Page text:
My tip is to not feel that everything needs to be polished before you start. You don’t need an expensive website or perfect Instagram posts. You just need to write well and back yourself.
2. Opening doors
At every meet and greet I went to, my burning question was “How and where do I find clients?”
As a teacher, I was given a class of students to teach. I didn’t need to cold call them and convince them to take my class. So how do you find your first client?
- Cold calling. This didn’t feel natural to me at all. My advice here is to simply put yourself out there no matter how uncomfortable it feels. Flip the script in your head. Instead of thinking you’re selling your services, tell yourself that you’re helping other people. Your potential clients may hate the thought of writing a blog post or prospecting email, and your service will help them. Spend some time researching companies you’d like to work with, and then reach out.
- Join a copywriting group. People in these groups often pass on opportunities they come across, such as subcontracting jobs, and list them on social media.You might have access to a job board or have an opportunity to list your details in their directory.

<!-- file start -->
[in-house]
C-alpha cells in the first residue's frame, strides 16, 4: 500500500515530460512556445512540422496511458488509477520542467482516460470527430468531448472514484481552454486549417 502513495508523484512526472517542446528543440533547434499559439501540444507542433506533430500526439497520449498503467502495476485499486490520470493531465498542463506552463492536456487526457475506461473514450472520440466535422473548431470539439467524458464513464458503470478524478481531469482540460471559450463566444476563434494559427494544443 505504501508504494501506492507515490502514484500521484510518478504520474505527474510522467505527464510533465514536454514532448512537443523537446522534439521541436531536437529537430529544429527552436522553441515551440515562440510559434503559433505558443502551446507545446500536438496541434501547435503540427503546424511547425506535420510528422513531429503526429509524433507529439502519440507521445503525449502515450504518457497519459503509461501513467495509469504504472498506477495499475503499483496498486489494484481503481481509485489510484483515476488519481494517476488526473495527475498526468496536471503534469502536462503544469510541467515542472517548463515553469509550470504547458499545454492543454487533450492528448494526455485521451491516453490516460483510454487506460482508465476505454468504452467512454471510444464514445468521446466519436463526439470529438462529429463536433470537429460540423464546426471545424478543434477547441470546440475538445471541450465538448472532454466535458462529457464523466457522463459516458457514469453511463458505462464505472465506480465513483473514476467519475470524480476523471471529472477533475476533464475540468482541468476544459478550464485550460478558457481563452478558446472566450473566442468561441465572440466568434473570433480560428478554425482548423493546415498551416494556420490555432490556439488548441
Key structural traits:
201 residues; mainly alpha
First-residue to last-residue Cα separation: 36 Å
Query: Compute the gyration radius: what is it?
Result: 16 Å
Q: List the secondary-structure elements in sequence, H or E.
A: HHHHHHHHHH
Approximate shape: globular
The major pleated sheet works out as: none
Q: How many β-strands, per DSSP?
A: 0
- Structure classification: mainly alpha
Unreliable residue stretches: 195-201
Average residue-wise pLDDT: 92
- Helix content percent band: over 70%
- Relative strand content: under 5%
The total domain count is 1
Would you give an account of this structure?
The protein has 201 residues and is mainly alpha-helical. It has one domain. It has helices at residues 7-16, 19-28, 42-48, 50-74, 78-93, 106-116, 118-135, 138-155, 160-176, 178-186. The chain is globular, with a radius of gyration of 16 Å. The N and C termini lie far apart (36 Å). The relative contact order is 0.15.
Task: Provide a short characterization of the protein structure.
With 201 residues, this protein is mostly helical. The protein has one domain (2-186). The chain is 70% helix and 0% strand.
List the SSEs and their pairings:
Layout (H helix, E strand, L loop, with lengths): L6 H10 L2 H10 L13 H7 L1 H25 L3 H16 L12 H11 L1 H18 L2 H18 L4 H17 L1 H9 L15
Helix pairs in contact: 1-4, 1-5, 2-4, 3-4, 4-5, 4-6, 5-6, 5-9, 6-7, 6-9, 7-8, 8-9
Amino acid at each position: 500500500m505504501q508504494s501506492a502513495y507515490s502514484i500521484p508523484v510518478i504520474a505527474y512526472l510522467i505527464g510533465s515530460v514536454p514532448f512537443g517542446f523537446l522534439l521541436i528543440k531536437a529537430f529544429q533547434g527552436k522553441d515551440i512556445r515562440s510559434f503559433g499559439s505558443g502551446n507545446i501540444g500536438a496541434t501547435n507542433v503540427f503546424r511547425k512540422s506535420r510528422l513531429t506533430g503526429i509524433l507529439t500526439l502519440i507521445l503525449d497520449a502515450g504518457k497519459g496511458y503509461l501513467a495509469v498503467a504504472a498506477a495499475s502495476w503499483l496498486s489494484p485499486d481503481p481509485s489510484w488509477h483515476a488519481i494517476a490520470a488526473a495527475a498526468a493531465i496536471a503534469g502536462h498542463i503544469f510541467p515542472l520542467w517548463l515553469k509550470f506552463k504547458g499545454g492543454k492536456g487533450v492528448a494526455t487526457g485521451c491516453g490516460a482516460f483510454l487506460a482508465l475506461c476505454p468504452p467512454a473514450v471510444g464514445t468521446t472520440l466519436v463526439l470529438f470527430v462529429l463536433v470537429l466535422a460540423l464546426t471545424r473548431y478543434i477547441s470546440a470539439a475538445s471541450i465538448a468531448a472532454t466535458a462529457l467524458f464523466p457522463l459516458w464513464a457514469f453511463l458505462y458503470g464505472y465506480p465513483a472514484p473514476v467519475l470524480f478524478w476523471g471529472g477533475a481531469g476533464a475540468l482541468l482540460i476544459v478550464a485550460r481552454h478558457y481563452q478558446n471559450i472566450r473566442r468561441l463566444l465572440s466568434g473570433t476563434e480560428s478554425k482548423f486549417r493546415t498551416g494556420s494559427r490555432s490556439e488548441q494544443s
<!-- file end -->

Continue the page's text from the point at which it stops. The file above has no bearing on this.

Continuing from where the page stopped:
- Tell everyone you know you’re a writer. Mention it when you’re at an event. Post it in your socials. Yes, it can feel uncomfortable. I didn’t post anything on social media before starting out as a copywriter. I went from having a cockatoo as my profile picture on Facebook to multiple social media accounts with my name and face out there for the world to see. It took some getting used to, but I accepted it as being part of the job. It gets easier, I promise.
3. Being consistent
“Do something every day to move yourself forward” was one of the best pieces of advice I ever received. Show up every day, even when you feel you’re not making any headway. Send out an email. Write a blog post. Make a phone call.
You may not get an instant response. But it could lead to something in the future. Some of my jobs came months after I’d first contacted the company. Remember: Every action you take increases your momentum, improves your confidence, and moves you forward.
4. Sorting out your pricing
I’ve definitely sold myself short on some jobs. Being eager to get that first or second job can mean undercutting the competition or not valuing your time enough.